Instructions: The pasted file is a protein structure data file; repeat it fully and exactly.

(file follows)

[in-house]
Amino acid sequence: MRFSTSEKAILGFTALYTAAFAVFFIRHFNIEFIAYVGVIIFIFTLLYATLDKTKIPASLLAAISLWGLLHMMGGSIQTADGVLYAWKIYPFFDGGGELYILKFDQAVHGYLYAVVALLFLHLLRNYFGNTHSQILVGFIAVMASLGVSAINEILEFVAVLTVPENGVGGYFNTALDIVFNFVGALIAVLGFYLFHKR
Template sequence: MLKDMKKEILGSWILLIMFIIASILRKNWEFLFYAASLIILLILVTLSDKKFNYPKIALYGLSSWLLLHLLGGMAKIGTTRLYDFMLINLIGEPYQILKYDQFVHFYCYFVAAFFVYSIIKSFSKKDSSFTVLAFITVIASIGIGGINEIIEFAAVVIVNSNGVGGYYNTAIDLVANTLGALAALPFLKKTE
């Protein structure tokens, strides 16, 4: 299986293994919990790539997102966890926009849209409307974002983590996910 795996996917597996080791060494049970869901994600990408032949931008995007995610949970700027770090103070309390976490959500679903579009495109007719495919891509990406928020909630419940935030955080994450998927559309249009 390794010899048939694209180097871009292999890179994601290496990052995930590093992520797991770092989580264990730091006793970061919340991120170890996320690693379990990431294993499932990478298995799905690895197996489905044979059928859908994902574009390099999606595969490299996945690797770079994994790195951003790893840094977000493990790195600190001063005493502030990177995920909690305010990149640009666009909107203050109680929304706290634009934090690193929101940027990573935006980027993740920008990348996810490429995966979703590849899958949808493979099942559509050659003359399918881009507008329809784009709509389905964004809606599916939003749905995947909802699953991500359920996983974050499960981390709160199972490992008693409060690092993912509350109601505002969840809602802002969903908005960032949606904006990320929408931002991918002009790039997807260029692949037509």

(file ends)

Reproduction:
[in-house]
Amino acid sequence: MRFSTSEKAILGFTALYTAAFAVFFIRHFNIEFIAYVGVIIFIFTLLYATLDKTKIPASLLAAISLWGLLHMMGGSIQTADGVLYAWKIYPFFDGGGELYILKFDQAVHGYLYAVVALLFLHLLRNYFGNTHSQILVGFIAVMASLGVSAINEILEFVAVLTVPENGVGGYFNTALDIVFNFVGALIAVLGFYLFHKR
Template sequence: MLKDMKKEILGSWILLIMFIIASILRKNWEFLFYAASLIILLILVTLSDKKFNYPKIALYGLSSWLLLHLLGGMAKIGTTRLYDFMLINLIGEPYQILKYDQFVHFYCYFVAAFFVYSIIKSFSKKDSSFTVLAFITVIASIGIGGINEIIEFAAVVIVNSNGVGGYYNTAIDLVANTLGALAALPFLKKTE
């Protein structure tokens, strides 16, 4: 299986293994919990790539997102966890926009849209409307974002983590996910 795996996917597996080791060494049970869901994600990408032949931008995007995610949970700027770090103070309390976490959500679903579009495109007719495919891509990406928020909630419940935030955080994450998927559309249009 390794010899048939694209180097871009292999890179994601290496990052995930590093992520797991770092989580264990730091006793970061919340991120170890996320690693379990990431294993499932990478298995799905690895197996489905044979059928859908994902574009390099999606595969490299996945690797770079994994790195951003790893840094977000493990790195600190001063005493502030990177995920909690305010990149640009666009909107203050109680929304706290634009934090690193929101940027990573935006980027993740920008990348996810490429995966979703590849899958949808493979099942559509050659003359399918881009507008329809784009709509389905964004809606599916939003749905995947909802699953991500359920996983974050499960981390709160199972490992008693409060690092993912509350109601505002969840809602802002969903908005960032949606904006990320929408931002991918002009790039997807260029692949037509």